AVI GOOD versus BEST render options to DVD disc final at DVinfo.net

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Old June 24th, 2004, 05:18 PM   #1
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AVI GOOD versus BEST render options to DVD disc final

I just made a DVD in Architect, having rendered the original AVI in Vegas 5 to mpeg2 using the GOOD default.

I burned the DVD at the highest bit-rate in Architect then compared the DVD to the original AVI--

NOT GOOD. Not good at all.

Very contrasty, less detail.

NOW- Vegas allows me to render the avi with all kinds of options in the render CUSTOM TEMPLATE.

People seem to talk about
GOOD versus BEST settings without exploring all of the options available in EACH of these catagories-- well, why not??

The GOOD option itself has LOTS of things to choose from INCLUDING
custom Template/Video:

MPEG2
VCD
DVD

If my final product is a DVD-- and choosing the default MPEG2 looks worse than the AVI- will choosing DVD improve things?

HOW ABOUT "Video Quality"
The GOOD defaults to a SLIDER in the MIDDLE at apparently the "15" position.
Will moving this to "31" best help?

How about bit rate at 6,000,000 and 15,000 000- will this only effect sound?
How about choosing set bit rate instead of variable?

These are questions I have not found anybody asking yet--

SO-- I am now experimenting and will report the results... if anyone has ALREADY done this, let me know.

There are NO CLUES in the big thick vegas Manual regarding the above options within each GOOD and BEST catagory.

Neil Slade
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Old June 24th, 2004, 06:00 PM   #2
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Some Solutions and Answers

Okay-- progress made as I answer my own questions ;-)

FIRST:
there is a RENDERING WHITEPAPER available here with many details about rendering options:
http://mediasoftware.sonypictures.co...p2.asp?DID=391

SECOND:
When I first rendered, the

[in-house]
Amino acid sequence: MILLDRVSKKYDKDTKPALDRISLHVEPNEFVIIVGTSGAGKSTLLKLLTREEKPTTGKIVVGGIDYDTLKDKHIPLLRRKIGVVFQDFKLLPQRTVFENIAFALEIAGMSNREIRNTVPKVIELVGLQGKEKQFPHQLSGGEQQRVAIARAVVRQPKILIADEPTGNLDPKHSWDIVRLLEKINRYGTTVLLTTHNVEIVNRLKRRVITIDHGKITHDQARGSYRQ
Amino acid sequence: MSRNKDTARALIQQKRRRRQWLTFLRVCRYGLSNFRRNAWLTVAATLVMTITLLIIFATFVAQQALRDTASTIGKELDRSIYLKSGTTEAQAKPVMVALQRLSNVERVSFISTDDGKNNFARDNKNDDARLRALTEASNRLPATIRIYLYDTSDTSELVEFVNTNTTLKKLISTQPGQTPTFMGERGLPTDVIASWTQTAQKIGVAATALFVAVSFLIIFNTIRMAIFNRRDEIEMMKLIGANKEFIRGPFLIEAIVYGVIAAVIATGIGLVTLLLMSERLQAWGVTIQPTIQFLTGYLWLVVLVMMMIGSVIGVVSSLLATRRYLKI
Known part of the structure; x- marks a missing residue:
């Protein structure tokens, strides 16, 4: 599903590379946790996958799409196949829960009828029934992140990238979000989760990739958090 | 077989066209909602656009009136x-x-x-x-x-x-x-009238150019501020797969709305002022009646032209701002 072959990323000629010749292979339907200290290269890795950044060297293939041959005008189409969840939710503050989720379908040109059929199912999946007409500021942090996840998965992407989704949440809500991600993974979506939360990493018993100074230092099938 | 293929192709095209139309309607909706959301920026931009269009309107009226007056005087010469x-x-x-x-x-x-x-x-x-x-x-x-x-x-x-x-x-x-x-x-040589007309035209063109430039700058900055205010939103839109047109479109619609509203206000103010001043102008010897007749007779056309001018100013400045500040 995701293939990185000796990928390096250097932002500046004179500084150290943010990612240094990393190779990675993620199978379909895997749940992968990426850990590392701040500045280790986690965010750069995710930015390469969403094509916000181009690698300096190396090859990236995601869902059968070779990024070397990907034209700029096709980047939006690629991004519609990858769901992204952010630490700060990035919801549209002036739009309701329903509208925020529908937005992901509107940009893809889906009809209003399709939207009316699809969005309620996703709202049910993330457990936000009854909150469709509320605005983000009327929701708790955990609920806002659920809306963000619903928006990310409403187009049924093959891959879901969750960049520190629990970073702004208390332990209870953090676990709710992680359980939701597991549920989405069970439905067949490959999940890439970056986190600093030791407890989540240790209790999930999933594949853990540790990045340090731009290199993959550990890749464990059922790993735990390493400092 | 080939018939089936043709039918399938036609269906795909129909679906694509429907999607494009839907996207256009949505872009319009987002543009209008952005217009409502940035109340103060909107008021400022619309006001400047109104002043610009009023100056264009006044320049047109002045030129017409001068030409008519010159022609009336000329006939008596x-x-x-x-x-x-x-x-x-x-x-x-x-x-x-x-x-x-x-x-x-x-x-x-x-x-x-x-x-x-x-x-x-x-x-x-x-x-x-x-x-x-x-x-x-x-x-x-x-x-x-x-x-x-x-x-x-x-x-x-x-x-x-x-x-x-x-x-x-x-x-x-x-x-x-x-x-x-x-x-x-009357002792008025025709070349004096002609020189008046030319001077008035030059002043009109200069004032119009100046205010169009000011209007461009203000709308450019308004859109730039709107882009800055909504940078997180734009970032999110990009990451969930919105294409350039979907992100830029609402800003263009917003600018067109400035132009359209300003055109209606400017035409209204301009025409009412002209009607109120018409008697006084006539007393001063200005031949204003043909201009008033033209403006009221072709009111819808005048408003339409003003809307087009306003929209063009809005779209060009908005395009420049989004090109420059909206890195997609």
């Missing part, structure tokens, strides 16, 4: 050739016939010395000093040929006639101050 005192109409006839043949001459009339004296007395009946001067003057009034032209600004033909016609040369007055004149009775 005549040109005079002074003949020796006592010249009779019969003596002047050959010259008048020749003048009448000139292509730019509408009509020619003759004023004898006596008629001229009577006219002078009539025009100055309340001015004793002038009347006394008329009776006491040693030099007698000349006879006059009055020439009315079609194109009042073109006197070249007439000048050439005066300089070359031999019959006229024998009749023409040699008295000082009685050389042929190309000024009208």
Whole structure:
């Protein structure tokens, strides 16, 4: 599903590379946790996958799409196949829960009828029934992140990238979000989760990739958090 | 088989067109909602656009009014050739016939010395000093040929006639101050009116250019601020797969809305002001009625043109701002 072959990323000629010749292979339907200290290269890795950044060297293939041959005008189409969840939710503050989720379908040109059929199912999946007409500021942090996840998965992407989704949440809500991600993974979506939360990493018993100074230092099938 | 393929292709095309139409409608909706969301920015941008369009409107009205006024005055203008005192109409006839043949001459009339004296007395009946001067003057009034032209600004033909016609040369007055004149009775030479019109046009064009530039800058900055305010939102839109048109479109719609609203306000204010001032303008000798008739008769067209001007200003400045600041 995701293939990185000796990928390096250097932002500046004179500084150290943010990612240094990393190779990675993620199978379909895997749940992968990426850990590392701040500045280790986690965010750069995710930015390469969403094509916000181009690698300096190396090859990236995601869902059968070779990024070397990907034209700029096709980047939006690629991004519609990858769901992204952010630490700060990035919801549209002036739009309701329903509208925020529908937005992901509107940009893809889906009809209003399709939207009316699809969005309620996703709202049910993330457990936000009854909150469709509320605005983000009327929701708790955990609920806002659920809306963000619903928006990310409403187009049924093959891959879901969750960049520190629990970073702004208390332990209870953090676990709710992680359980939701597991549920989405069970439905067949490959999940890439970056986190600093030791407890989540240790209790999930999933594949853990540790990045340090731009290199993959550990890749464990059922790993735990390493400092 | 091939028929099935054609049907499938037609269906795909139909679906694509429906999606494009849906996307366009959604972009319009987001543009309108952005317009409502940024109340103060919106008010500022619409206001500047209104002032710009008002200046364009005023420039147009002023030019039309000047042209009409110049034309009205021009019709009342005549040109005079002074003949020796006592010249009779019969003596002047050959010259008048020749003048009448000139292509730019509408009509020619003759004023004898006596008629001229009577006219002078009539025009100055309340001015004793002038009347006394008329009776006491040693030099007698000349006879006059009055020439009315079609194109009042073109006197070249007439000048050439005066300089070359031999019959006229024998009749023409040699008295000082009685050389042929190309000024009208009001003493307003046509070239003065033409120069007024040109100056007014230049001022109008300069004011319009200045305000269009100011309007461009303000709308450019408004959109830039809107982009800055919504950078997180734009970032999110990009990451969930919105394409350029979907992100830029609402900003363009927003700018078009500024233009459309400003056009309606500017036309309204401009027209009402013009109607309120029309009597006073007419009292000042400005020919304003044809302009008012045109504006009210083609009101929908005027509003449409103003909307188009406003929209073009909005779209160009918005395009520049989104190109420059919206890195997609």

>>>DEFAULT RENDERING TEMPLATE came up.

Not good.

Change the default to the final product you want- in my case, making a DVD- choose the
>>> "DVD NTSC" TEMPLATE.

Then, look in the "CUSTOM" tab-
SURPRISE:
1) the quality jumps from 15 to 31 on the slider,

2) The bit-rate allows up to 8,000,000 rather than only 6,000,000

3) and DVD is chosen as VIDEO TYPE rather than MPEG2.

NOW, here is a bizarre thing- each time I attempted to change individual settings, such a MPEG2 to DVD- the program would crash- not so when I just selected the pre-set DVD template....?

I will trust that the Vegas templates chose adequate custom settings for most projects--- we shall see and report back........

Neil
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Old June 24th, 2004, 09:54 PM   #3
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GOOD not so good....

Okay, I re-rendered my AVI using the
DVD NTSC template set on GOOD option in Vegas 5--

There is still a noticable de-generation of quality-- lack of contrast gradiation as well as sharpness.

Son of a gun. Rather dismayed.

The difference between the original AVI file and the rendered MPEG2 for DVD is readily apparent comparing the files right within Vegas, even without bothering to make the DVD itself. The degradation of image is quite obvious.

I am now re-rendering with the DVD NTSC template with the BEST option, at set bit sampling with 9.800.000 chosen for the highest level.

we'll see.........
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Old June 25th, 2004, 02:44 AM   #4
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Well, ofcourse you want a DVD template <g> But as you found
you can work from there on out. All the things with DVD in it are
just presets, nothing more. So yes, you could also choose plain
MPEG2 and change everything manually and get there. It's just